Welcome back, Andre Petersson

Andre Petersson practises in Ottawa, April 4, 2011. Photo by Julie Oliver, Ottawa Citizen.

LONDON, Ontario — Maybe, just maybe, Andre Petersson is going to get another crack at the National Hockey League.

So much has happened – and not a lot of it positive – since the excitement of the 2008 NHL entry draft in Ottawa. There were some high expectations back then, when Petersson’s good friend Erik Karlsson – the Senators first round selection of the draft – personally called Petersson from the Senators draft table, telling him he was the club’s fourth round choice, 109th overall.

Yet over the past two seasons, Petersson, a highly-skilled 5-9, 179-pound right winger, has slipped further and further down the depth chart. Part of it is due to injuries – he scored only two goals and three assists in played only 17 games with Binghamton last season due to season-ending hip surgery – but part of it was due to his attitude.

By his own admission, Petersson wasn’t fully committed to hockey. At one point, he offered up a bleak assessment of Binghamton as a city in an interview with a Swedish reporter, which naturally didn’t go over well in upstate New York or in the upper offices of Senators management.

In fact, the Senators were prepared to cut him loose altogether – he has one year remaining on his entry level contract – before Petersson made an impassioned plea for the organization to give him another chance to showcase himself. A perfect opportunity presented itself when Petersson was asked to be a last-minute replacement for the injured Jarrod Maidens at the club’s rookie tournament here.

If his performance in Saturday’s 4-3 shootout win over the Chicago Blackhawks is any indication, Petersson might just work himself back into the Senators’ good books. He scored a goal and an assist – a pretty feed to Jean-Gabriel Pageau on a five-on-3 power play – rifled another off the crossbar and was stopped on a breakaway. He was around the net all night and he put the finishing touches on his game by scoring in the shootout.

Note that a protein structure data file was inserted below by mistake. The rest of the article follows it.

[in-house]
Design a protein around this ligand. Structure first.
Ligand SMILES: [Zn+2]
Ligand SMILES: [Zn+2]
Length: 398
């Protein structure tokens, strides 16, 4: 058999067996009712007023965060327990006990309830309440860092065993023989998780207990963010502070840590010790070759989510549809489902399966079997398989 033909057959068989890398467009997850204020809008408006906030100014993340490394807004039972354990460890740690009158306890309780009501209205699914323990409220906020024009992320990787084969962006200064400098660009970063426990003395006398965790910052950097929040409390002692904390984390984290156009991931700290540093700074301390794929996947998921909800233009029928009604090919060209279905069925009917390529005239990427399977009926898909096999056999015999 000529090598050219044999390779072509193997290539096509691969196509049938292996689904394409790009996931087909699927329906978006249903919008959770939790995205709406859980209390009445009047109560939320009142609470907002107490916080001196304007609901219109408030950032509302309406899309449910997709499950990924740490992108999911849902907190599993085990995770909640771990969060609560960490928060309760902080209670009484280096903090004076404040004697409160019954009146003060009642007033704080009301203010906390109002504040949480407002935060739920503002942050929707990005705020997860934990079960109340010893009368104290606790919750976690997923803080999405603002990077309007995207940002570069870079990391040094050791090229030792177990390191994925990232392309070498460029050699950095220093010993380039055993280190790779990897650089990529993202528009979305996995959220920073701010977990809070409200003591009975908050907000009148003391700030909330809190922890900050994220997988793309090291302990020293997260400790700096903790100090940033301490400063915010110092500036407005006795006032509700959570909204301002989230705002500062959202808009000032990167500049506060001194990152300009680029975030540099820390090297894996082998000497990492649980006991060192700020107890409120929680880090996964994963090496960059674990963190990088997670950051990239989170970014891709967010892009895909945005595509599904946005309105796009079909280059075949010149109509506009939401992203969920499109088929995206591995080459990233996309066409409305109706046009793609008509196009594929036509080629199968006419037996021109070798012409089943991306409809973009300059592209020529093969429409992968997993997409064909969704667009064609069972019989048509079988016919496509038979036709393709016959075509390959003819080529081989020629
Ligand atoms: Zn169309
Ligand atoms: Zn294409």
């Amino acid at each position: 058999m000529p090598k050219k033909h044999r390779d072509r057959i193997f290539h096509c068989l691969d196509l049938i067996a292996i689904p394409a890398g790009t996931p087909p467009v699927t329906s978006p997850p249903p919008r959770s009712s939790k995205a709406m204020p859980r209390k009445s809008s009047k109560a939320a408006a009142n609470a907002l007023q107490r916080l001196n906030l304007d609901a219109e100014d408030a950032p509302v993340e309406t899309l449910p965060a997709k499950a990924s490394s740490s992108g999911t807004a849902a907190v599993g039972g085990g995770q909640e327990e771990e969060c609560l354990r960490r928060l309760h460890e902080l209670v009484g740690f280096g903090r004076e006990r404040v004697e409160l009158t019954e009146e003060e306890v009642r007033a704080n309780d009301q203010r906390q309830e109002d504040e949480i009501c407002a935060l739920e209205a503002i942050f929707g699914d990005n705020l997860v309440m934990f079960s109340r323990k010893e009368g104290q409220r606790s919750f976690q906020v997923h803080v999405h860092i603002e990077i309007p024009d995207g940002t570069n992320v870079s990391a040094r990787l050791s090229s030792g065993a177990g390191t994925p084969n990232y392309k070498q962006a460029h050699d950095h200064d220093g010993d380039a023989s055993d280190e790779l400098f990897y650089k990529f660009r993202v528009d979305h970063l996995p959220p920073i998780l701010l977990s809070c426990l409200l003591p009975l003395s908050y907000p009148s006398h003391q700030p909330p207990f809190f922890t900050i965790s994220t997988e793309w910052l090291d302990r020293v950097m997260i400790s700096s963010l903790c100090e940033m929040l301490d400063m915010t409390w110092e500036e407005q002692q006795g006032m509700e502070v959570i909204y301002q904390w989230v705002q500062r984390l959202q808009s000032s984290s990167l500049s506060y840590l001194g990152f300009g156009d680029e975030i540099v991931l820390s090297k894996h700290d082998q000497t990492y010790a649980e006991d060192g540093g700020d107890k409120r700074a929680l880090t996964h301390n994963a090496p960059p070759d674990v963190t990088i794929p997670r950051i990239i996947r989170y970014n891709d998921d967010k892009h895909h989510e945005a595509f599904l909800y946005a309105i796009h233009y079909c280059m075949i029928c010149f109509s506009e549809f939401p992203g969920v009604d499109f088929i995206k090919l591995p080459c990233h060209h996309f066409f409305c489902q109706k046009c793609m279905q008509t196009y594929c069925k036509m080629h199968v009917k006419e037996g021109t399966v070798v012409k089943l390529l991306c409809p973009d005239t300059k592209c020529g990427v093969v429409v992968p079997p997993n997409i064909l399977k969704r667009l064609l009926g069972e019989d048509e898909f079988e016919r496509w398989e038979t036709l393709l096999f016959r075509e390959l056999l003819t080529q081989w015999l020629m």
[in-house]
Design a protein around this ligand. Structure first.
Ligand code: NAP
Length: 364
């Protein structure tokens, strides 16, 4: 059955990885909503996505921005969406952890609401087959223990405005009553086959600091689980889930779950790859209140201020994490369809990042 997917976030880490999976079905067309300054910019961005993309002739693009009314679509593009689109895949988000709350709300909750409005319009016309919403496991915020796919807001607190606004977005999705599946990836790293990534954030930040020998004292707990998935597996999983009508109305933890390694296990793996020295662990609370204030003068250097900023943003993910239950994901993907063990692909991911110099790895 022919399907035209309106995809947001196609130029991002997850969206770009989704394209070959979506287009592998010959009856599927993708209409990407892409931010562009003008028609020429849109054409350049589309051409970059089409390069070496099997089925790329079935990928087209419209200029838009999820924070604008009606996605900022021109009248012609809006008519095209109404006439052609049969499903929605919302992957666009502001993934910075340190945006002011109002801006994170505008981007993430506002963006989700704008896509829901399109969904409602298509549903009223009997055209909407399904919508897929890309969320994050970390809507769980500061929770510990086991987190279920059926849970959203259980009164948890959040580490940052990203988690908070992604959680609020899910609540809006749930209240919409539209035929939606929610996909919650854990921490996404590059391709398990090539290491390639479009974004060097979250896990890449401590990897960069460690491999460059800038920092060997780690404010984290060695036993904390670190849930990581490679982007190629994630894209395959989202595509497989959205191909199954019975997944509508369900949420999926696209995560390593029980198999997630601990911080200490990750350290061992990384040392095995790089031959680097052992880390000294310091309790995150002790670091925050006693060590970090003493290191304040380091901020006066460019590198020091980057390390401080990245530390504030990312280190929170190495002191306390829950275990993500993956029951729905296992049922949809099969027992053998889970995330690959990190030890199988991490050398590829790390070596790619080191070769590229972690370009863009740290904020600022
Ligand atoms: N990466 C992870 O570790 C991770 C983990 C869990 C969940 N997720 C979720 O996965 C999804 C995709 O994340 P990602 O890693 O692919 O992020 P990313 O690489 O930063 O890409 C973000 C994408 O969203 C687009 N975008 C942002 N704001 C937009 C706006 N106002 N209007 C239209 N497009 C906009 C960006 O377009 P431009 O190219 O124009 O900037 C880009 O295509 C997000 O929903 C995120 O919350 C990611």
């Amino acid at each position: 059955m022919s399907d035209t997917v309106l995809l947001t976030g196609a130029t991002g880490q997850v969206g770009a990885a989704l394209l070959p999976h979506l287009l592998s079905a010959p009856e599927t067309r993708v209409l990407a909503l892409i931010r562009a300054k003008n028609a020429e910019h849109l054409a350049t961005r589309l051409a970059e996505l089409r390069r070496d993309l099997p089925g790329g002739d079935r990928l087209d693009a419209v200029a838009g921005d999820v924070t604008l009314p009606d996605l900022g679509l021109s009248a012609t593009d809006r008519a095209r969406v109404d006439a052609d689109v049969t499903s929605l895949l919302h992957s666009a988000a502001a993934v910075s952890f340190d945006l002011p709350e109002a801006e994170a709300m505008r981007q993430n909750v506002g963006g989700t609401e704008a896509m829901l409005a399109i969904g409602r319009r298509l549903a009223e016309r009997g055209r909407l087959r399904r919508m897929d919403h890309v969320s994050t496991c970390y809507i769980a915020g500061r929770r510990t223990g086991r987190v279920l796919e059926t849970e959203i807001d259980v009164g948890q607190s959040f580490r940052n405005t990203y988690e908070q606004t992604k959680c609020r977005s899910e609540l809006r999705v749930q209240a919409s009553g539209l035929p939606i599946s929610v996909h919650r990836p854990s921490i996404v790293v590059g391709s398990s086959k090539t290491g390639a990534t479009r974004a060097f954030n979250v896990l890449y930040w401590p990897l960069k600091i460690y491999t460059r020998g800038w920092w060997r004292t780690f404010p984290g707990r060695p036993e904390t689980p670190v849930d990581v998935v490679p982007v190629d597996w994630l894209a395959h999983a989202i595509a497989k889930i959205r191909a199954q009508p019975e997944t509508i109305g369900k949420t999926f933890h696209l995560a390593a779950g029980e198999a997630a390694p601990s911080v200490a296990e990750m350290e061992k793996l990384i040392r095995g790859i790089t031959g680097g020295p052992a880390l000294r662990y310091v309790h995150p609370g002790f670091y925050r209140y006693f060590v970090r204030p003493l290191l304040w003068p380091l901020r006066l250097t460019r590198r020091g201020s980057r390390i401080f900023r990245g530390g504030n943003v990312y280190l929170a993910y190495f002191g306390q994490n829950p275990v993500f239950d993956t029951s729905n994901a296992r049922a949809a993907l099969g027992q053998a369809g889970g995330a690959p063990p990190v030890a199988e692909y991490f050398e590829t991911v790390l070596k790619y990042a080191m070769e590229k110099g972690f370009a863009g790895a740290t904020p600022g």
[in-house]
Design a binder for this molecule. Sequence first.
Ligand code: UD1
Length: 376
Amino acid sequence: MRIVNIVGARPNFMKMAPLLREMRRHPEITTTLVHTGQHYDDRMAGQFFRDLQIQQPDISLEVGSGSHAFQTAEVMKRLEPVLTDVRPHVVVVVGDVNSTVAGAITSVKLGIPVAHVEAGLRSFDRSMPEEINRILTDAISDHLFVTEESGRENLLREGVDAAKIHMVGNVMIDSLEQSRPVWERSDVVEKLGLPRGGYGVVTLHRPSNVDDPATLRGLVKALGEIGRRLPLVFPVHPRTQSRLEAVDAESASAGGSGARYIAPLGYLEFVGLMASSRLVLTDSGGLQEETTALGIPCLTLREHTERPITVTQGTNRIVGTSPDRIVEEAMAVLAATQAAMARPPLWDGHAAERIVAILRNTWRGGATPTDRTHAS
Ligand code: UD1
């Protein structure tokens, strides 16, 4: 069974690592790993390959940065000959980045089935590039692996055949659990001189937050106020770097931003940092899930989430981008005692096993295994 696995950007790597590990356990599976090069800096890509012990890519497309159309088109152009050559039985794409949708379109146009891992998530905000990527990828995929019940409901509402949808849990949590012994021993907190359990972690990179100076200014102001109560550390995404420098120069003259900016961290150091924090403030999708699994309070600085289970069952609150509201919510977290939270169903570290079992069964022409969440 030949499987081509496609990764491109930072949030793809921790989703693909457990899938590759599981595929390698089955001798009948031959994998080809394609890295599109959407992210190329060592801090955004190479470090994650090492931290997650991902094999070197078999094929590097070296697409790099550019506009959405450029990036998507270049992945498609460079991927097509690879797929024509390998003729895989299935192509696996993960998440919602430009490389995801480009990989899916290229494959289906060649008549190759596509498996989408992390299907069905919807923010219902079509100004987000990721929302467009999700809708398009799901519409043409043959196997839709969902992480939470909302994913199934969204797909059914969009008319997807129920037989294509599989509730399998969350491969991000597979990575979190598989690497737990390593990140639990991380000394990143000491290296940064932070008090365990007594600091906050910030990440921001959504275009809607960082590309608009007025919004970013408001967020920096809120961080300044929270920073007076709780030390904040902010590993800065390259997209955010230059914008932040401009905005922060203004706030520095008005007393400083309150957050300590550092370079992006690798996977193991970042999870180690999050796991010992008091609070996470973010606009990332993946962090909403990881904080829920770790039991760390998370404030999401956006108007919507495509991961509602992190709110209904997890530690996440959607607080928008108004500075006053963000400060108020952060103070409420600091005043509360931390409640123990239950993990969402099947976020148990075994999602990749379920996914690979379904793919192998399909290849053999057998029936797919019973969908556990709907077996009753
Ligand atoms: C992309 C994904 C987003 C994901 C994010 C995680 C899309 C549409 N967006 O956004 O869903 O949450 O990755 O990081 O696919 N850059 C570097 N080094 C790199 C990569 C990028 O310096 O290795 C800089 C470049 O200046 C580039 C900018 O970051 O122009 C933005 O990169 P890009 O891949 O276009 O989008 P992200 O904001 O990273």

“I feel that this is a really good chance for me and I really wanted to come in here and play well,” said Petersson, who was called up from Binghamton to play a single game for the Senators during the 2011-12 season. “My last game was December last year and I feel like this is a really good opportunity for me to get into it.”

And by getting into it, Petersson means really getting into it.

“I’ve got to be more professional,” he says. “I’ve got to do all the right things and all that. I have to be 100 per cent focussed on hockey. Not anything else come first. Hockey is number one priority right now. As I see it now, it’s a fresh start for me and I want to look forward, starting from square one this year. I have to have my best year as a player and show all the people that are interested in the Ottawa Senators and the guys upstairs (the coaches and management) that I’m ready to go.”

At this point, though, the Senators are swimming with young prospects on both wings, including Mark Stone, Shane Prince, Matt Puempel, Mike Hoffman, Cory Conacher and 2013 first round draft pick Curtis Lazar, who scored the winning goal in the shootout Saturday. Accordingly, Petersson needs to turn more than a few heads to get another big-league look.

“I know the situation,” Petersson said, when asked about the litany of talented wingers he’s sharing a dressing room with this weekend. “I feel like it’s all up to me. I’ve got to show what I can do. If that’s good enough, hopefully, they’ll give me an opportunity.”

Petersson will be in the Senators training camp next week and says he’ll probably be living with Karlsson for as long as the Senators choose to keep him in Ottawa. As for long-term living arrangements in Ottawa, Petersson knows it will only happen if he does it the old fashioned way. He will have to earn it.

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